Calling all conservationists: win £15,000

Calling all conservationists: Enter the Virginia McKenna Award for Compassionate Conservation 2019 to win £15,000

International wildlife charity Born Free is delighted to announce that applications for the Virginia McKenna Award for Compassionate Conservation (VMA) 2019 are now being accepted.

Named in honour of Virginia McKenna OBE - the actress and campaigner who co-founded Born Free in 1984, along with her late husband Bill Travers and her eldest son Will Travers - the VMA is designed to support outstanding individual conservationists, researchers and practitioners who put the welfare of individual animals at the heart of their effective conservation actions.

The winner of the award will receive a grant worth up to £15,000 to help implement their Compassionate Conservation agenda, as well as support from Born Free to help raise their professional profile world-wide.

Virginia McKenna OBE stated: “I hope this award will recognise, inspire and support outstanding individual conservationists, researchers and practitioners who place a very high priority on animal welfare while undertaking field conservation of species under threat, conservation policy or environmental education.”

2019 is the seventh year that the award will recognise individuals across the globe, with previous winners including:

· Jackson Mbeke, Director of the Democratic Republic of Congo’s (DRC) Gorilla Rehabilitation and Conservation Education (GRACE) for his work with critically endangered eastern lowland gorillas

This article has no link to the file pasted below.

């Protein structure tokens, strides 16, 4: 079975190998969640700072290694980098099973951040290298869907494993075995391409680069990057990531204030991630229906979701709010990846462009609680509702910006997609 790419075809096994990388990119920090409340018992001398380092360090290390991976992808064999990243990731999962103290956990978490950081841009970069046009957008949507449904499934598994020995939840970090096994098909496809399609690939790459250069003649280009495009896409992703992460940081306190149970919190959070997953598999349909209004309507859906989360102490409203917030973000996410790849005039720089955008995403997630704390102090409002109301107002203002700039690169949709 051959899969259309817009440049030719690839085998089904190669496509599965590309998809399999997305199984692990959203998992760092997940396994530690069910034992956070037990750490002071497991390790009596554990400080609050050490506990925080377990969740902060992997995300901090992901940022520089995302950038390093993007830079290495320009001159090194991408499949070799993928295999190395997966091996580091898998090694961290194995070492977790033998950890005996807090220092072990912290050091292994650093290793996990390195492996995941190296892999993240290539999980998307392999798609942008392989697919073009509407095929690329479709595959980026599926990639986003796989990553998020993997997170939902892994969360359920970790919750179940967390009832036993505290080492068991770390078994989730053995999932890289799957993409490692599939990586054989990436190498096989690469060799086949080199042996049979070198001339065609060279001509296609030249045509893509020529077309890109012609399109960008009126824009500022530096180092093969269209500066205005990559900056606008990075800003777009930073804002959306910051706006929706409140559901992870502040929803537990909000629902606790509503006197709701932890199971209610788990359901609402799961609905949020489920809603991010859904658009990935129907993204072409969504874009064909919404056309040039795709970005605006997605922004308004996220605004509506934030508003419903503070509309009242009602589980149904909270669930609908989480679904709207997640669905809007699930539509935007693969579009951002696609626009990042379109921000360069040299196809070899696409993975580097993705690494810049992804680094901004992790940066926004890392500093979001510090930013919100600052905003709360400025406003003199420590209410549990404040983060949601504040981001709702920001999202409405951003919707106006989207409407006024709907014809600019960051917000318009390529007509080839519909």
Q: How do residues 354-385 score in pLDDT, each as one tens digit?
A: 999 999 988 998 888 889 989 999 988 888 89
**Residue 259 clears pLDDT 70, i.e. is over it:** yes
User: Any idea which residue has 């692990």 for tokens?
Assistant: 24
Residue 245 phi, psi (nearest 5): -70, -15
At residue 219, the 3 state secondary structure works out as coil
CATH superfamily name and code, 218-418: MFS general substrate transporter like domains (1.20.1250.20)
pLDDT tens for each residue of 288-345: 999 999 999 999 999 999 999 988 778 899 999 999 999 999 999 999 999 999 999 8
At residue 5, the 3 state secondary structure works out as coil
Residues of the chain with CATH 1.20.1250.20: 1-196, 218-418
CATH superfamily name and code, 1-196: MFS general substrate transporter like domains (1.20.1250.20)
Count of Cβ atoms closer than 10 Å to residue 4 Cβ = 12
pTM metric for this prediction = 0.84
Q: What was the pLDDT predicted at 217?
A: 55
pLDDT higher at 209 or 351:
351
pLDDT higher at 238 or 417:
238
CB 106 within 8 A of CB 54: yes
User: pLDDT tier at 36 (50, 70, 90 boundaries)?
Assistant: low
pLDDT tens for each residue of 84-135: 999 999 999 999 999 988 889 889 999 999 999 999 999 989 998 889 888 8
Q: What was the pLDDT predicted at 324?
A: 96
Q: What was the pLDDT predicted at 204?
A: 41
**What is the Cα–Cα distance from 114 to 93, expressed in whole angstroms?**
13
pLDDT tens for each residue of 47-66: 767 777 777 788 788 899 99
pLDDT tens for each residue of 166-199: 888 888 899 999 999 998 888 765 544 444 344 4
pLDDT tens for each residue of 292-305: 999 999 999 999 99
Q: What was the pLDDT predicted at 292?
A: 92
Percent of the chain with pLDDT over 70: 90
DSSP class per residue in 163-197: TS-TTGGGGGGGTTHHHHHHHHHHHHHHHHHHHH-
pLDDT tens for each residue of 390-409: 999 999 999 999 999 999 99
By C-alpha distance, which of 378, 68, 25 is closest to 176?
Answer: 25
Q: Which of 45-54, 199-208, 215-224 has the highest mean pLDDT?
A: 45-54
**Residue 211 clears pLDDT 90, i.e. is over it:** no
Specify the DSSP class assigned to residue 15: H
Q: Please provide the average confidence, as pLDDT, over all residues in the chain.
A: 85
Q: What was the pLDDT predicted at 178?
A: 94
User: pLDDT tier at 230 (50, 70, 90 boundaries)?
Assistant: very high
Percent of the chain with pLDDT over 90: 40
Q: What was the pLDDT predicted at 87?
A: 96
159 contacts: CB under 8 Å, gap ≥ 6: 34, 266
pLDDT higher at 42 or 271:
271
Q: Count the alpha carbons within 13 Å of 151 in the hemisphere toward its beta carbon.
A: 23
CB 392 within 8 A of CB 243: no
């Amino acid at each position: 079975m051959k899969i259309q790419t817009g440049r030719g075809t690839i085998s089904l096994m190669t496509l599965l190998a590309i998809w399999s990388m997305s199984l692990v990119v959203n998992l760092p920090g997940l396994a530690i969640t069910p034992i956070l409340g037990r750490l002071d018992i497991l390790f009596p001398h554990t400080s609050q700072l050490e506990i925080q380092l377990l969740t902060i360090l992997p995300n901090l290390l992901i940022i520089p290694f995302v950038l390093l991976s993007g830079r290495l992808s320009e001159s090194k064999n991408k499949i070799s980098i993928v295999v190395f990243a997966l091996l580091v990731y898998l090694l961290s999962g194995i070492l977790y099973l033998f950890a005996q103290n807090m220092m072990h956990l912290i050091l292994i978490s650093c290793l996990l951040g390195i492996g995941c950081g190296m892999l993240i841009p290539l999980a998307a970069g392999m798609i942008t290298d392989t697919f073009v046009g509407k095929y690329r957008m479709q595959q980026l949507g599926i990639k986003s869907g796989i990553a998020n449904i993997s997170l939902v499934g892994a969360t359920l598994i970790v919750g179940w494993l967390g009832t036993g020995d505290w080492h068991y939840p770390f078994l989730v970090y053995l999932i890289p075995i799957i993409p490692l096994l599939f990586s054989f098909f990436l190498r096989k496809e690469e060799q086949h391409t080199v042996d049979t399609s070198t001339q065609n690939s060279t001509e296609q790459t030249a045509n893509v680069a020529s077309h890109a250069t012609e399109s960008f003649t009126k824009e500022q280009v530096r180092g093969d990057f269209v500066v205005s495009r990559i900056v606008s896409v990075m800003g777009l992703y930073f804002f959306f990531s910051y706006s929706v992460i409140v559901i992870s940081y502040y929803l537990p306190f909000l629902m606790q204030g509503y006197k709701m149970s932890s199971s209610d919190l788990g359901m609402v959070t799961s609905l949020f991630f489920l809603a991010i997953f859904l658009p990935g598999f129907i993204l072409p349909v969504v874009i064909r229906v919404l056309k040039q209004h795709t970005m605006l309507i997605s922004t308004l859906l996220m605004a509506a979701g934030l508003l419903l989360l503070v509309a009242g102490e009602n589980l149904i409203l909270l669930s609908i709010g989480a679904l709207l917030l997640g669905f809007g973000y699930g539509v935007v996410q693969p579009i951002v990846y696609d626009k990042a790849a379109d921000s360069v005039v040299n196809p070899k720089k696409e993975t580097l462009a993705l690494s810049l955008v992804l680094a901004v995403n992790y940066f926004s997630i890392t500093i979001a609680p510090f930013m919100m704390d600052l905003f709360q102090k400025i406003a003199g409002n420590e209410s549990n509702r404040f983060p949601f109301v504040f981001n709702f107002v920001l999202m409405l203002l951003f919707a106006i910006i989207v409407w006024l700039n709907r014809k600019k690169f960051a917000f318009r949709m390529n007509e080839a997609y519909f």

· Shivani Bhalla, of the Ewaso Lions Project, for her work on human/lion conflict
· Professor Anna Nekaris, of Oxford Brookes University and the Little Fireface Project, for her work on slow loris conservation and welfare
· The Mad Dog Initiative, a project which aims to deliver conservation benefits to endangered species by humanely controlling domestic and feral dogs in and around Ranomafana National Park, Madagascar
· Neotropical Primate Conservation in Peru, which tackles illegal wildlife trade by partnering with wildlife authorities, police, public prosecutors and grassroots organisations

Those wishing to enter the awards should submit a short application explaining their background and demonstrating the relevance of their work to both animal welfare and conservation, as well as providing a concise proposal of the work the Virginia McKenna Award grant will enable them to implement.

To submit an application or to find out more about the Virginia McKenna Award for Compassionate Conservation visit www.bornfree.org.uk/vma.

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